U.S. Lawmakers Probe Credit Suisse Over Russia Sanctions Compliance. Members of the U.S. House of Representatives Committee on Oversight and Reform have requested Credit Suisse submit documents detailing the bank's compliance with sanctions imposed on Russia over its invasion of Ukraine. In a letter to CEO Thomas Gottstein, Representatives Carolyn Maloney, chairwoman of the committee, and Stephen Lynch, chair of the Subcommittee on National Security, asked the bank to provide information on its financing of yachts and aircraft owned by potentially sanctioned individuals. The request follows reports that the bank instructed investors in a recent debt deal to destroy and erase information related to its dealings with wealthy clients.

Bloomberg Halts Access to Trading Terminals in Russia and Belarus. Bloomberg announced that it has suspended its business in Russia and Belarus, meaning banks in the region will not have access to its financial data terminals. Earlier in March, the company removed Russian stocks from its global equity indices and suspended its journalists from working in the country. Reuters, Bloomberg’s main competitor, scrapped a partnership with Russian state news agency TASS last week after staff criticized the affiliation.

UK Authorities Seize $50 Million Superyacht. The UK seized a GB £38 million (USD $50 million) Russian-owned superyacht docked in London, marking the first such detention in UK waters. The Financial Times established that the yacht, which was registered to Saint Kitts and Nevis and carried a Maltese flag, was ultimately owned by Vitaly Vasilievich Kochetkov, the founder of Motiv Telekom, a small mobile phone network in Russia’s Urals region. While Kochetkov does not appear on any sanctions lists, the UK government announced that it seized the vessel under the Russian sanctions regime.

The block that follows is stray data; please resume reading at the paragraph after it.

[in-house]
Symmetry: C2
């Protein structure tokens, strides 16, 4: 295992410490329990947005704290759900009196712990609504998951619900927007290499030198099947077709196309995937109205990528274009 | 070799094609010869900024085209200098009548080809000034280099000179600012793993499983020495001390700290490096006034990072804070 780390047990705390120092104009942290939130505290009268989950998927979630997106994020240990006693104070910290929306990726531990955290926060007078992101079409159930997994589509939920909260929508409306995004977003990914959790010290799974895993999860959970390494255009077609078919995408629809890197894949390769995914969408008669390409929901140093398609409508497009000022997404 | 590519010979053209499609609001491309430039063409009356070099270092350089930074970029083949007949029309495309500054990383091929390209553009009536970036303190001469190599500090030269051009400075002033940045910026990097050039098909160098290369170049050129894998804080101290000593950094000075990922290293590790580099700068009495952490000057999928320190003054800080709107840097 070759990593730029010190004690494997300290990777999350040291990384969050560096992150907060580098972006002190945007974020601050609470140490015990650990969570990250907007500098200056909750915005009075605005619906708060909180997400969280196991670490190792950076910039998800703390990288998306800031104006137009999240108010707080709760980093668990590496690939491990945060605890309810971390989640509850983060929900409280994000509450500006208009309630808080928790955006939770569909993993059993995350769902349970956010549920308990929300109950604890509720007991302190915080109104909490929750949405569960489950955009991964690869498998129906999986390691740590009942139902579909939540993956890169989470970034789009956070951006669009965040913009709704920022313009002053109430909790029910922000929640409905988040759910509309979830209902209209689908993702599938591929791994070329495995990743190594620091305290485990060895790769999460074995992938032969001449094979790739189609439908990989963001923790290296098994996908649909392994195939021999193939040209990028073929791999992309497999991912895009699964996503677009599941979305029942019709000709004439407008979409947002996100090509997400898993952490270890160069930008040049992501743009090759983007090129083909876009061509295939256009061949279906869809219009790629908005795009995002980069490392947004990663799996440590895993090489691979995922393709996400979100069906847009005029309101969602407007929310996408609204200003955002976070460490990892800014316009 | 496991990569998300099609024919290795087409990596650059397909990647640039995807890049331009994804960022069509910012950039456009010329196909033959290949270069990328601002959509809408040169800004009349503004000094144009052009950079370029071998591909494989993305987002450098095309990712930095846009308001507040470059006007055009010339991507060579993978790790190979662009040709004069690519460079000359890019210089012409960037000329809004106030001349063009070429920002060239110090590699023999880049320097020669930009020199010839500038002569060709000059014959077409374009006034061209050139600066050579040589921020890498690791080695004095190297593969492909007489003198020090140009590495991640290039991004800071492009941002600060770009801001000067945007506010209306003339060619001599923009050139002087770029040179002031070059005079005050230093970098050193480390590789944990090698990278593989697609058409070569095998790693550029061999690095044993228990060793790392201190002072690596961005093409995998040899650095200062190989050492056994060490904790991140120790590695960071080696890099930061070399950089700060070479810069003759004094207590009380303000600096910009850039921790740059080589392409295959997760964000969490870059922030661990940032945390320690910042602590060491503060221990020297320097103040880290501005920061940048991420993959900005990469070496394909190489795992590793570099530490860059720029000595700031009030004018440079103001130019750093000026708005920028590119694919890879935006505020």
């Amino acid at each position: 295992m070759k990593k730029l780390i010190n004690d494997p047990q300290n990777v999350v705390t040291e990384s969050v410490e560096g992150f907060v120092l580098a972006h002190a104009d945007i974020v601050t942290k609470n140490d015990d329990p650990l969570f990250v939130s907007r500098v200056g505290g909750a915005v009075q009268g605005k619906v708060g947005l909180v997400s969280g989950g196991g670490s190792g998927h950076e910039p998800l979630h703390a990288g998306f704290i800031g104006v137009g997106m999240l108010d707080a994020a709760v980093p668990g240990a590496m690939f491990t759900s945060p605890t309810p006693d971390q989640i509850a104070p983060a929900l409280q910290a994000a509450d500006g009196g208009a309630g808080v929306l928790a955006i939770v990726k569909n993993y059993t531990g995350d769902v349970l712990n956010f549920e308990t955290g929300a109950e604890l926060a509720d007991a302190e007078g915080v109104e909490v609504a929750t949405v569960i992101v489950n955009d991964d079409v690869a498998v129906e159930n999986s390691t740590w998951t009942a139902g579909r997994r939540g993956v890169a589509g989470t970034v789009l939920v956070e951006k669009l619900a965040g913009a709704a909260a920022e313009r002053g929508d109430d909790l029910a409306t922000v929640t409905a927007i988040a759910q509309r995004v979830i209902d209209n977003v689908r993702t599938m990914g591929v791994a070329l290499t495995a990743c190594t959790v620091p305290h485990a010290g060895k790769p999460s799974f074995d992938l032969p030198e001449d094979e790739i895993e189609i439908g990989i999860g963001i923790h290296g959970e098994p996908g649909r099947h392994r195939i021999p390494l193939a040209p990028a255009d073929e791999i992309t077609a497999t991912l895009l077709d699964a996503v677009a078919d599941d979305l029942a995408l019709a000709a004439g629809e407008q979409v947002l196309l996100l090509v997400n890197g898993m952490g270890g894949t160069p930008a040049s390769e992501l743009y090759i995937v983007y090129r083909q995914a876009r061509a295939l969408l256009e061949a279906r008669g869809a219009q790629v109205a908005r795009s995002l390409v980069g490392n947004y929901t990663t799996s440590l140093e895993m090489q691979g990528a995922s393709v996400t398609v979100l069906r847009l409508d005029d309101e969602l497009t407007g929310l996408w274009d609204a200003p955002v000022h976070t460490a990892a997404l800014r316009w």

Sanctions Outlook

Ukrainian President Urges Western Nations to Impose Oil Embargo on Russia. Ukrainian President Volodymyr Zelenskyy called on western nations to immediately put more pressure on Russia, including imposing an oil embargo. In a video addressing his country's citizens, Zelenskyy said the west had miscalculated last year in delaying sanctions and the invasion had followed. The Ukrainian president said the sanctions had to be “effective and serious” given Russia's actions to date.

UK Sanctions May Remain After Potential Ceasefire. UK Prime Minister Boris Johnson warned that “a ceasefire alone would not be cause for UK sanctions to be removed from Russia.” The announcement came after the Foreign Secretary Liz Truss said on Sunday that a “full ceasefire and withdrawal” might lead to the relaxation of some sanctions on banks and individuals but added that “snapback sanctions” could be immediately reimposed if Russia reneged on any agreement. A US official told the Financial Times a ceasefire was required before the lifting of their country’s sanctions would even be considered.

U.S. Court Dismisses Russian Tycoon Deripaska’s Appeal to Lift Sanctions. A U.S. appeals court in Washington rejected a bid by Russian tycoon Oleg Deripaska to lift U.S. sanctions imposed in 2018. The D.C. Circuit concluded that the U.S. Department of the Treasury's Office of Foreign Assets Control (OFAC) had sufficient evidence to back their action against Deripaska, who is a close associate of Vladimir Putin. Deripaska and other Russian elites connected to President Vladimir Putin were targeted by U.S. sanctions in response to Russia's annexation of Ukraine's Crimea region in 2014 and have been subsequently designated by U.S. partners and allies following Russia’s 2022 invasion of Ukraine.